Feynman (just off centre) at Wangerooge in 1987
I started my career as a theoretical physicist, and in the late-80s I co-organised a specialist workshop on a small island, Wangerooge, off the coast of Germany (see above). I tried my luck and invited Richard Feynman (I had heard he was working in this specific area) and to my surprise and delight he accepted. You can read more about him and his outstanding achievements via WikiWand. There are also a number of posts on this blog that centre on him.
Even though he was an incredibly talented and imaginative physicist, with an outstanding popular touch, it’s interesting to note that even he had occasional bouts of self-doubt.
David and Judith Goldstein write (from here, extracted):
“In the immediate aftermath of his Nobel Prize in 1965, Feynman suffered a brief period of dejection, during which he doubted his ability to continue to make useful, original contributions at the forefront of theoretical physics. It was during this time that I joined the Caltech faculty. […]
At Chicago, Feynman and I shared a suite in the Quadrangle Club, the university’s faculty club. On the evening after his talk, we had dinner at the home of friends, Val and Lia Telegdi. The next morning, I wandered down to the faculty club dining room for breakfast a bit late. Feynman was already there, eating with someone I didn’t know. I joined them, introductions were mumbled but not heard, and I sleepily drank my morning coffee.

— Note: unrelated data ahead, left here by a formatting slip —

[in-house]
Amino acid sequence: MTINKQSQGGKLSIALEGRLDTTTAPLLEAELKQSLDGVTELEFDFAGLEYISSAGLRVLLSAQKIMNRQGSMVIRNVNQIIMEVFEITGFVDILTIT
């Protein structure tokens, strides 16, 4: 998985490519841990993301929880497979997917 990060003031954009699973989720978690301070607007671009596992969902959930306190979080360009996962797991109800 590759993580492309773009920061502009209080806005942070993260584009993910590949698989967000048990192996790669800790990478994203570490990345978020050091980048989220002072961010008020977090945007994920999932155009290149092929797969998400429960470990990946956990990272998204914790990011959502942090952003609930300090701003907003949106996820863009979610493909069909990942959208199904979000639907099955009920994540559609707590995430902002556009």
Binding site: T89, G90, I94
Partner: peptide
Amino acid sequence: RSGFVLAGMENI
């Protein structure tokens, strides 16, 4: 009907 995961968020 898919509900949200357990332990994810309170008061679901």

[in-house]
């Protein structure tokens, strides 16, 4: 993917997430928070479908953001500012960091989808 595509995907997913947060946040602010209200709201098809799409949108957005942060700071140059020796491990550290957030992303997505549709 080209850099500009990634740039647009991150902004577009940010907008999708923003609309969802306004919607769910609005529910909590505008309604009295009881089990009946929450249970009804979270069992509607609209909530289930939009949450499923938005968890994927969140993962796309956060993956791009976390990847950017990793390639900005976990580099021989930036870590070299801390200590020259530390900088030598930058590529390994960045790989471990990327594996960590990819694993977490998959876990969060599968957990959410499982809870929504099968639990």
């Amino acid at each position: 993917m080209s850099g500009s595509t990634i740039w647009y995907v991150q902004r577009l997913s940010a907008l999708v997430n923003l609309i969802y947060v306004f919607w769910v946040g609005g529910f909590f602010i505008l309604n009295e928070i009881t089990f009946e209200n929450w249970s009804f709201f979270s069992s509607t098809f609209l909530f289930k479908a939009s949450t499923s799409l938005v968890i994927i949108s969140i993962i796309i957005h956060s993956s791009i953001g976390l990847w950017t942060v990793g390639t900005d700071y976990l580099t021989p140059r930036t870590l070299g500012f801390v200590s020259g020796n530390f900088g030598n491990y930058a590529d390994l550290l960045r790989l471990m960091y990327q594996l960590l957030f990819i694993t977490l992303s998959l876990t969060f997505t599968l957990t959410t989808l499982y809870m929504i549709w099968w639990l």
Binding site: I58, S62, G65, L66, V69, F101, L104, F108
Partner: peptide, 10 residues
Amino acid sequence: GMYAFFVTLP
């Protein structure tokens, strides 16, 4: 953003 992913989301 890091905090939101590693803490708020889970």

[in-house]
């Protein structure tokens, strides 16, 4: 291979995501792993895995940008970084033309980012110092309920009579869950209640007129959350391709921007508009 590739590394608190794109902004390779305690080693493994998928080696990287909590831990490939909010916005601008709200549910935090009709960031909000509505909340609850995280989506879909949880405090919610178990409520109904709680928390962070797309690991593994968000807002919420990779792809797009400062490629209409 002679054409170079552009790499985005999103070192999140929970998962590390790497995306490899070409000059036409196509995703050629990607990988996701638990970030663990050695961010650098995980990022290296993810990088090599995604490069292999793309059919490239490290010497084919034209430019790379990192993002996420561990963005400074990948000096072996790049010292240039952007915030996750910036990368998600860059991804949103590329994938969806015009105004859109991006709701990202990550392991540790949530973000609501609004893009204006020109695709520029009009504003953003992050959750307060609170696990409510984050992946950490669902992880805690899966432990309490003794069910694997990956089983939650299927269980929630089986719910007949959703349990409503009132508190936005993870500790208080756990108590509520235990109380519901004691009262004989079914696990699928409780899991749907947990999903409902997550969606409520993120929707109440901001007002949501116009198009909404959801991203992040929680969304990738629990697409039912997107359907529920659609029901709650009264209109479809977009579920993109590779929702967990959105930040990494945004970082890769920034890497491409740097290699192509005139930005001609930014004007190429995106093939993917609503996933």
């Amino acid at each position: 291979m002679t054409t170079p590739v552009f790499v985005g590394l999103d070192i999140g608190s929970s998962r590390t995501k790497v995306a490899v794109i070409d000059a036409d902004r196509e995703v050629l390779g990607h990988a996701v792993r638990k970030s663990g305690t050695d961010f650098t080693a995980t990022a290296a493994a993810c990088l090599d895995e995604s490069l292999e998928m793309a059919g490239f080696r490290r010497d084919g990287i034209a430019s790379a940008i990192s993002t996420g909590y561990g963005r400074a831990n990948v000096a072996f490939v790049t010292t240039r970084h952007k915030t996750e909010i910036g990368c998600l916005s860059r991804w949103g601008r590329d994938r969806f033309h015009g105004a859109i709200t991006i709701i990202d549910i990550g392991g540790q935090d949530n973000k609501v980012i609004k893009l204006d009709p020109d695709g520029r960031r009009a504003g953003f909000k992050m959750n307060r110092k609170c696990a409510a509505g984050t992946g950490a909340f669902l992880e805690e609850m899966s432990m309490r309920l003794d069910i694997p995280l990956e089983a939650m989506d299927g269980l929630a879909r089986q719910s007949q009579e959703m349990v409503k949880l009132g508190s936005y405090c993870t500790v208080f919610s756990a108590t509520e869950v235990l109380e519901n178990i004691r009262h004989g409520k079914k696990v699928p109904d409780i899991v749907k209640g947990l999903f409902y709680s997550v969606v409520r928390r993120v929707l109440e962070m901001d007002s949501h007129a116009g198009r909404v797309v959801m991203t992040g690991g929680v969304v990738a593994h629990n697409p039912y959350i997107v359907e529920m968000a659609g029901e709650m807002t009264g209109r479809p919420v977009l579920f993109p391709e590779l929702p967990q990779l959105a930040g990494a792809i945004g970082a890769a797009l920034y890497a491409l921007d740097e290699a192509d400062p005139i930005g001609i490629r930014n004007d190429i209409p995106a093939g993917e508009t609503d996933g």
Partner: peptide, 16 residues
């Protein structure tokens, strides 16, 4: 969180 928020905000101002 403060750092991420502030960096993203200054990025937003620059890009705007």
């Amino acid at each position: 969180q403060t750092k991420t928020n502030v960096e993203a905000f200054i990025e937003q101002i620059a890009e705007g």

As I listened to the conversation, it dawned on me that this person was James Watson, discoverer with Francis Crick of the double-helical structure of DNA. He had with him a typed manuscript entitled Honest Jim (the title would later be changed by the publisher to The Double Helix), which he wanted Feynman to read, in the hope that Feynman might contribute something to the dust jacket. Feynman agreed to look at the manuscript.
That evening there was a cocktail party and dinner in Feynman’s honor at the Quadrangle Club. At the cocktail party the worried host asked me why Feynman wasn’t there. I went up to the suite and found him immersed in Watson’s manuscript. I insisted that since he was the honoree, he had to come down to the party.
Reluctantly, he did, but he fled after dinner at the earliest moment permitted by civility. When the party broke up, I went back up to the suite. Feynman was waiting for me in the living room. “You’ve gotta read this book,” he said. “Sure,” I said, “I’ll look forward to it.” “No,” he shot back, “I mean right now.”
And so, sitting in the living room of our suite, from one to five in the morning, with Feynman waiting impatiently for me to finish, I read the manuscript that would become The Double Helix.
At a certain point, I looked up and said, “Dick, this guy must be either very smart or very lucky. He constantly claims he knew less about what was going on than anyone else in the field, but he still made the crucial discovery.” Feynman virtually dove across the room to show me the notepad on which he’d been anxiously doodling while I read. There he had written one word, which he had proceeded to illuminate with drawings, as if he were working on some elaborate medieval manuscript.
The word was “Disregard! ”
“That’s what I’d forgotten!” he shouted (in the middle of the night). “You have to worry about your own work and ignore what everyone else is doing.” At first light, he called his wife, Gweneth, and said, “I think I’ve figured it out. Now I’ll be able to work again!” […]